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Sean Keilen: “From Latin Rhetoric to English Poetry: Shakespeare’s Antic Dispositions”
February 22, 2012 @ 2:00 pm - 4:00 pm | Stevenson Fireside Lounge
Sean Keilen, College of William and Mary
“From Latin Rhetoric to English Poetry: Shakespeare’s Antic Dispositions”
The talk Shakespeare’s efforts to distinguish the poems and plays he was writing from the arguments he had learned to make at school—no small task, given the fact that the study of poetry was subordinate to the study of rhetoric in the Elizabethan curriculum. In particular, the talk focuses on the difference between the role the emotions play in determining the meaning of works of art in Shakespearean texts and the role they play in determining the meaning of a case in Latin rhetoric. According to the laws that defined rhetoric as species of discourse, an emotion is a tool that orators must use to make audiences feel what they want them to feel, and nothing else. Shakespeare’s works, by contrast, identify poetry with aesthetic experiences that give rise to ambiguous feelings, multiple interpretations, and authorless texts.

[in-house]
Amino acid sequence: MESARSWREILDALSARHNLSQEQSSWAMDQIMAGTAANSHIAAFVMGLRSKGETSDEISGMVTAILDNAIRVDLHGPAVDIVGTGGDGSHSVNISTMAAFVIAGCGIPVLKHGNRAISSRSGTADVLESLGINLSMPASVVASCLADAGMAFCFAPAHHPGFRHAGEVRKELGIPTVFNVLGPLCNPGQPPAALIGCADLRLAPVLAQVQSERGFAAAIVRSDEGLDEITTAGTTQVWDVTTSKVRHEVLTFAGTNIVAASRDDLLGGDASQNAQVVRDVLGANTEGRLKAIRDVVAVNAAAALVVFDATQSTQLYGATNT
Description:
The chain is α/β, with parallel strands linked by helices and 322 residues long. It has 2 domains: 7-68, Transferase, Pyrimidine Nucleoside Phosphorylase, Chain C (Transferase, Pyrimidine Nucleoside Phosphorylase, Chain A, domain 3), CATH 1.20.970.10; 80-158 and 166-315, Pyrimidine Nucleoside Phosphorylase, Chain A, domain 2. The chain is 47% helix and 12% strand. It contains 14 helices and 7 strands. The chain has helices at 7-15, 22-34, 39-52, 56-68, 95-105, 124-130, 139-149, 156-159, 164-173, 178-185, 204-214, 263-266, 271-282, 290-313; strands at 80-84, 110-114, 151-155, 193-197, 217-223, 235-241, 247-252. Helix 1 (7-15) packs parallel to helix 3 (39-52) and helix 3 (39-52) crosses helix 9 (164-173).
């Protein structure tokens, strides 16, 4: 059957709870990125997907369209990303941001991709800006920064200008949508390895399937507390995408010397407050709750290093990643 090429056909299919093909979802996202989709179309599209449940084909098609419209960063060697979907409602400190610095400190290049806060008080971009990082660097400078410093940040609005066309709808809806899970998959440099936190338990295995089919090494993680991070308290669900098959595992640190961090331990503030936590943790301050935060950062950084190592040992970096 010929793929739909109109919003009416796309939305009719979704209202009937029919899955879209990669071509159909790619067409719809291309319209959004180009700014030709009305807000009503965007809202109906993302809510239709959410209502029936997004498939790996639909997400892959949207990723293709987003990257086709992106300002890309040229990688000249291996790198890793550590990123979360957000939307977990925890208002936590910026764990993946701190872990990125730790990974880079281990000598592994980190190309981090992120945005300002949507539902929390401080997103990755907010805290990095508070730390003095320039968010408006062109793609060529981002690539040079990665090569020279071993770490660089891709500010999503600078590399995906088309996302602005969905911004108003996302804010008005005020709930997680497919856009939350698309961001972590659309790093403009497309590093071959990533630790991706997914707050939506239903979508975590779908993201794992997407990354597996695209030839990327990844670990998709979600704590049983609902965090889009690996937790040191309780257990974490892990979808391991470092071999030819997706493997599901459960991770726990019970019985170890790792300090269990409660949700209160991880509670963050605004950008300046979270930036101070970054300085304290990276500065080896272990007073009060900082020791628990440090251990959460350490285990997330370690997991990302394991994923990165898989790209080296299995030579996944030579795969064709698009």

Sean Keilen teaches courses about Shakespeare, English literature and criticism, and the reception of the classical tradition. A recipient of fellowships from the Guggenheim Foundation (2008) and National Humanities Center (2006), he is also the author of Vulgar Eloquence: On the Renaissance Invention of English Literature (Yale 2006), co-editor of Forms of Renaissance Thought: New Essays on Literature and Culture (Palgrave 2008), and a General Editor of the series Studies in Renaissance Literature (Boydell & Brewer).
At 4:00 pm, Professor Keilen will conduct a graduate-student-only seminar on “Reading for Pleasure.”
Texts: Barthes, The Pleasure of the Text (excerpts), Sontag, Against Interpretation, and Shakespeare, Venus and Adonis